Earth's Song

  • Released Tuesday, November 27, 2012

Suspended in the dark cosmos, Earth sings to itself in a high-pitched chorus of chirps and beeps. This song is a product of very low frequency radio waves generated by lightning strikes or excited electrons zipping through the Van Allen Belts, two vast swaths of radiation surrounding Earth. While ham radio operators have long detected this eerie planetary sound using inexpensive receivers, the recent recording by specially designed antennas on NASA's twin Van Allen Probes is one of the clearest examples ever captured. But could Earth's chorus be a siren song? The probes are now on a quest to find out whether these radio waves might be powering up otherwise harmless electrons in the Van Allen Belts, turning them into "killer electrons" capable of damaging satellites and astronauts. Watch the videos to hear and learn more about this rare recording.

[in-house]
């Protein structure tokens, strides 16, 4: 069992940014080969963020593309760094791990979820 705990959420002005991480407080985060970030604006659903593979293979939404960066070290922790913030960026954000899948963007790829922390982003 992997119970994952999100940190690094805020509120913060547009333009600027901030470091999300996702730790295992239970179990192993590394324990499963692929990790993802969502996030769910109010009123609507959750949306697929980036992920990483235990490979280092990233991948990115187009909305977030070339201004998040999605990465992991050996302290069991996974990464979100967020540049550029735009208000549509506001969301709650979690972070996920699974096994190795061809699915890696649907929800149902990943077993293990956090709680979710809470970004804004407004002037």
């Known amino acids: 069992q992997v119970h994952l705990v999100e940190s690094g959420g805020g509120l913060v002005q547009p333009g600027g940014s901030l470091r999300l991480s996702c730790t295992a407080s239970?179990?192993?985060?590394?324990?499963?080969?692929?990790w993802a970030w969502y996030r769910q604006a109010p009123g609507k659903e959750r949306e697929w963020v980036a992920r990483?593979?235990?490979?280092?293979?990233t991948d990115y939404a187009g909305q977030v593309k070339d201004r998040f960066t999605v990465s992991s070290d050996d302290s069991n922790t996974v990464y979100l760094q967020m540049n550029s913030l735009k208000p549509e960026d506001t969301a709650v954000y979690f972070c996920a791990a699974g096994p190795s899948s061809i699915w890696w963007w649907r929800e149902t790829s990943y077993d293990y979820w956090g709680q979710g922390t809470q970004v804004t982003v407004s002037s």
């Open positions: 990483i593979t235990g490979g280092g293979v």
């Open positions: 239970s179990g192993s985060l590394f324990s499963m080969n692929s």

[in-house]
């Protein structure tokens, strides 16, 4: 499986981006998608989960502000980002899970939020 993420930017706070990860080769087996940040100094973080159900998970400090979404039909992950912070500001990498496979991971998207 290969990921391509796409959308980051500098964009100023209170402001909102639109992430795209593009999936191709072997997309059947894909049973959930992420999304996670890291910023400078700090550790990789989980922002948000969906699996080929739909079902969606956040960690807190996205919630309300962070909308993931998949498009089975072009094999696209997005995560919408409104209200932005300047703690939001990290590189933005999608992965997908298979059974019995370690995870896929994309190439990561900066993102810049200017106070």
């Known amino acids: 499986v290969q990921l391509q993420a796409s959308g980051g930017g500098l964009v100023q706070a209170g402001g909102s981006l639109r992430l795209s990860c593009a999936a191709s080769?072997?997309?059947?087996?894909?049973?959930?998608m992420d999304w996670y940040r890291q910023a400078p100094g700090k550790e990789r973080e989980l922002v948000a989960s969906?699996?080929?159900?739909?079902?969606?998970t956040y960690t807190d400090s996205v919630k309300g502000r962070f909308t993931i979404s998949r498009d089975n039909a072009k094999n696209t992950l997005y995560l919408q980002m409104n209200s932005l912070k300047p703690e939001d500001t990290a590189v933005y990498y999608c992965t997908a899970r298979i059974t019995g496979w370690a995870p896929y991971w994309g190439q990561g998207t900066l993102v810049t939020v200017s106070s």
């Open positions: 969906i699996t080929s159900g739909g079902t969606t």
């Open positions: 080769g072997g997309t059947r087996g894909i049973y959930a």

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Please give credit for this item to:
Science@NASA and NASA's Goddard Space Flight Center
Van Allen Belts image courtesy of NASA/T. Benesch and J. Carns

Release date

This page was originally published on Tuesday, November 27, 2012.
This page was last updated on Wednesday, May 3, 2023 at 1:52 PM EDT.